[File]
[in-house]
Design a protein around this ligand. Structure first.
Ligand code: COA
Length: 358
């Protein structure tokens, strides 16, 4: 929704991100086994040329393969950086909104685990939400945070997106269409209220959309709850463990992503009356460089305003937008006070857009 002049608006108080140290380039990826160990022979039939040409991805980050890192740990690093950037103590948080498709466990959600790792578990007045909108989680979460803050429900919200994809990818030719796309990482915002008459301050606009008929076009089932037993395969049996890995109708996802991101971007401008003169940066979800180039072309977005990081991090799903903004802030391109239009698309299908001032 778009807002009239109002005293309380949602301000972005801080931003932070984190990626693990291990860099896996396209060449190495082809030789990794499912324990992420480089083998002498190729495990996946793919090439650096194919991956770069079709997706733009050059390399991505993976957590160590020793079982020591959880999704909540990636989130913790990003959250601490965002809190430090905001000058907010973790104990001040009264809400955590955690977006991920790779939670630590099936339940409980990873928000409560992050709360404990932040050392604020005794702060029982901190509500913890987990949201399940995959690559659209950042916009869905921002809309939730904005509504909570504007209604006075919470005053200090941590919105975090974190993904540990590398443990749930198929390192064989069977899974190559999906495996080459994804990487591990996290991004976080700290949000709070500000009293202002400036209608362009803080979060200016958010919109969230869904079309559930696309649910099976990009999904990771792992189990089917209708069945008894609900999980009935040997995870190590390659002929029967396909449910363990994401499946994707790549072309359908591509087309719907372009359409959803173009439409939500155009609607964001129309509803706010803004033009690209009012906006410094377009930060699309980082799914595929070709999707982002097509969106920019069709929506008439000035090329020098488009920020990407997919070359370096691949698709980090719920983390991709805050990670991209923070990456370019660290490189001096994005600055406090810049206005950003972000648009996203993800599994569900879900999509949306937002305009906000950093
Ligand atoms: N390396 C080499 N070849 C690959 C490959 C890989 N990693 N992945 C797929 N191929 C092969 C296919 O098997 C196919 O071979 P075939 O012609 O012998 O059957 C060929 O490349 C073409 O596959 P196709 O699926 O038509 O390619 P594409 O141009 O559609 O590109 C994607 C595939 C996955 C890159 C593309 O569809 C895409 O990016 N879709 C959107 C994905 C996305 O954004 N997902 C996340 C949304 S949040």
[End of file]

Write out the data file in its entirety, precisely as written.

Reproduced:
[in-house]
Design a protein around this ligand. Structure first.
Ligand code: COA
Length: 358
């Protein structure tokens, strides 16, 4: 929704991100086994040329393969950086909104685990939400945070997106269409209220959309709850463990992503009356460089305003937008006070857009 002049608006108080140290380039990826160990022979039939040409991805980050890192740990690093950037103590948080498709466990959600790792578990007045909108989680979460803050429900919200994809990818030719796309990482915002008459301050606009008929076009089932037993395969049996890995109708996802991101971007401008003169940066979800180039072309977005990081991090799903903004802030391109239009698309299908001032 778009807002009239109002005293309380949602301000972005801080931003932070984190990626693990291990860099896996396209060449190495082809030789990794499912324990992420480089083998002498190729495990996946793919090439650096194919991956770069079709997706733009050059390399991505993976957590160590020793079982020591959880999704909540990636989130913790990003959250601490965002809190430090905001000058907010973790104990001040009264809400955590955690977006991920790779939670630590099936339940409980990873928000409560992050709360404990932040050392604020005794702060029982901190509500913890987990949201399940995959690559659209950042916009869905921002809309939730904005509504909570504007209604006075919470005053200090941590919105975090974190993904540990590398443990749930198929390192064989069977899974190559999906495996080459994804990487591990996290991004976080700290949000709070500000009293202002400036209608362009803080979060200016958010919109969230869904079309559930696309649910099976990009999904990771792992189990089917209708069945008894609900999980009935040997995870190590390659002929029967396909449910363990994401499946994707790549072309359908591509087309719907372009359409959803173009439409939500155009609607964001129309509803706010803004033009690209009012906006410094377009930060699309980082799914595929070709999707982002097509969106920019069709929506008439000035090329020098488009920020990407997919070359370096691949698709980090719920983390991709805050990670991209923070990456370019660290490189001096994005600055406090810049206005950003972000648009996203993800599994569900879900999509949306937002305009906000950093
Ligand atoms: N390396 C080499 N070849 C690959 C490959 C890989 N990693 N992945 C797929 N191929 C092969 C296919 O098997 C196919 O071979 P075939 O012609 O012998 O059957 C060929 O490349 C073409 O596959 P196709 O699926 O038509 O390619 P594409 O141009 O559609 O590109 C994607 C595939 C996955 C890159 C593309 O569809 C895409 O990016 N879709 C959107 C994905 C996305 O954004 N997902 C996340 C949304 S949040």